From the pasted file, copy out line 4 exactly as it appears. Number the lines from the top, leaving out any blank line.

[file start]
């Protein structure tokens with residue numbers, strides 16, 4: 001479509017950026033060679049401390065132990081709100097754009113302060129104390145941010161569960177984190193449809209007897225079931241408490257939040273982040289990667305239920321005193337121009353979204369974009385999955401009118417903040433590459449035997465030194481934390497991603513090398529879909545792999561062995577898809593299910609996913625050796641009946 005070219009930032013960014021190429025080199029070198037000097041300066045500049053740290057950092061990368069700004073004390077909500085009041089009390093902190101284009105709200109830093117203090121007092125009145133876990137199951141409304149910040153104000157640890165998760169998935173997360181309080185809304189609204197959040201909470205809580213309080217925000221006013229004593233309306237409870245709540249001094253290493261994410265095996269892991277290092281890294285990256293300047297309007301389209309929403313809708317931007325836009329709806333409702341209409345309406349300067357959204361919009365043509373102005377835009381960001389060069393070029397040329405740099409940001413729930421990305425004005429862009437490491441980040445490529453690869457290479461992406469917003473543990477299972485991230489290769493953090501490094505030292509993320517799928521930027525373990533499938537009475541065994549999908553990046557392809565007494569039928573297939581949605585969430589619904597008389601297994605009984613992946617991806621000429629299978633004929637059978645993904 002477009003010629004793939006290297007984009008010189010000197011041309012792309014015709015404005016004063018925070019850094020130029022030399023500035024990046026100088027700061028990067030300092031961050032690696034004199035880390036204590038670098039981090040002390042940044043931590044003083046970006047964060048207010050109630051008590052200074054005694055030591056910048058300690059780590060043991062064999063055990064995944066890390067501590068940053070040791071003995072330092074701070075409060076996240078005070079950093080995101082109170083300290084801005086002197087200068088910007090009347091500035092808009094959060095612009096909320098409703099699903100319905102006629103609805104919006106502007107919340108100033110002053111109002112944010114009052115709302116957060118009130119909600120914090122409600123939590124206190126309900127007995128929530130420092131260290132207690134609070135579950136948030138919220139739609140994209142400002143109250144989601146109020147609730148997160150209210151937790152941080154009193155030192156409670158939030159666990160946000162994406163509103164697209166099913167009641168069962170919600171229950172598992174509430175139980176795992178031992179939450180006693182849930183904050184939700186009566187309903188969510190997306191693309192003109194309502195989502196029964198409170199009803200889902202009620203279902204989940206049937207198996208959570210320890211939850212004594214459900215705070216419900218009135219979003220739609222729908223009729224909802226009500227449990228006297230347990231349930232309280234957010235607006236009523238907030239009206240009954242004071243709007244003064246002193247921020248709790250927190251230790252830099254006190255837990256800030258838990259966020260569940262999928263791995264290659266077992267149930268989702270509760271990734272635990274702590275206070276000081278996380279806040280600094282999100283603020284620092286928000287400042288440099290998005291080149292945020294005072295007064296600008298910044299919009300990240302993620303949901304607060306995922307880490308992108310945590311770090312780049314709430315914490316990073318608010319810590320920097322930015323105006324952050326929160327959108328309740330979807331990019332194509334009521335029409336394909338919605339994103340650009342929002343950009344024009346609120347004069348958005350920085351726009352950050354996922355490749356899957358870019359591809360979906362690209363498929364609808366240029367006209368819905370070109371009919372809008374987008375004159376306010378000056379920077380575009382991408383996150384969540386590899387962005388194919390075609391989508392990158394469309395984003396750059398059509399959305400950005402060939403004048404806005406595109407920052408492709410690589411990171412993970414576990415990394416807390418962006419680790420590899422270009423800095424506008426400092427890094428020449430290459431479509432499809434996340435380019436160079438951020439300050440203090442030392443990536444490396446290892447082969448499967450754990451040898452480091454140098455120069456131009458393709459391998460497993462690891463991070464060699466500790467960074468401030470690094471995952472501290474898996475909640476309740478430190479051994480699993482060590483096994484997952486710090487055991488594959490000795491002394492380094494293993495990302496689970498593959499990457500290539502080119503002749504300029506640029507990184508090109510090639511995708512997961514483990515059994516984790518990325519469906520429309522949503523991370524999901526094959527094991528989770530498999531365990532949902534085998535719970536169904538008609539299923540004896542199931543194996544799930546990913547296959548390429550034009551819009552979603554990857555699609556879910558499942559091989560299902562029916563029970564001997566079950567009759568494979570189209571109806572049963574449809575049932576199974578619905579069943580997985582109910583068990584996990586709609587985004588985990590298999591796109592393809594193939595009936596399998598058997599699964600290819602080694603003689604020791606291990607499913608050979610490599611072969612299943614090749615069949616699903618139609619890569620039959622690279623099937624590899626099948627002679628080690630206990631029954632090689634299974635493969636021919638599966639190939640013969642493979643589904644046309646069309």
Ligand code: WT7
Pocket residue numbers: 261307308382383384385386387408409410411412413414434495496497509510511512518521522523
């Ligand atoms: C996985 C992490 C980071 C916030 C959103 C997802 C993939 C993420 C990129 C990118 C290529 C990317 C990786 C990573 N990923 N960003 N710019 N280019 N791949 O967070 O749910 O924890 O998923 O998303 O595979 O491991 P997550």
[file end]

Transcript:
């Ligand atoms: C996985 C992490 C980071 C916030 C959103 C997802 C993939 C993420 C990129 C990118 C290529 C990317 C990786 C990573 N990923 N960003 N710019 N280019 N791949 O967070 O749910 O924890 O998923 O998303 O595979 O491991 P997550």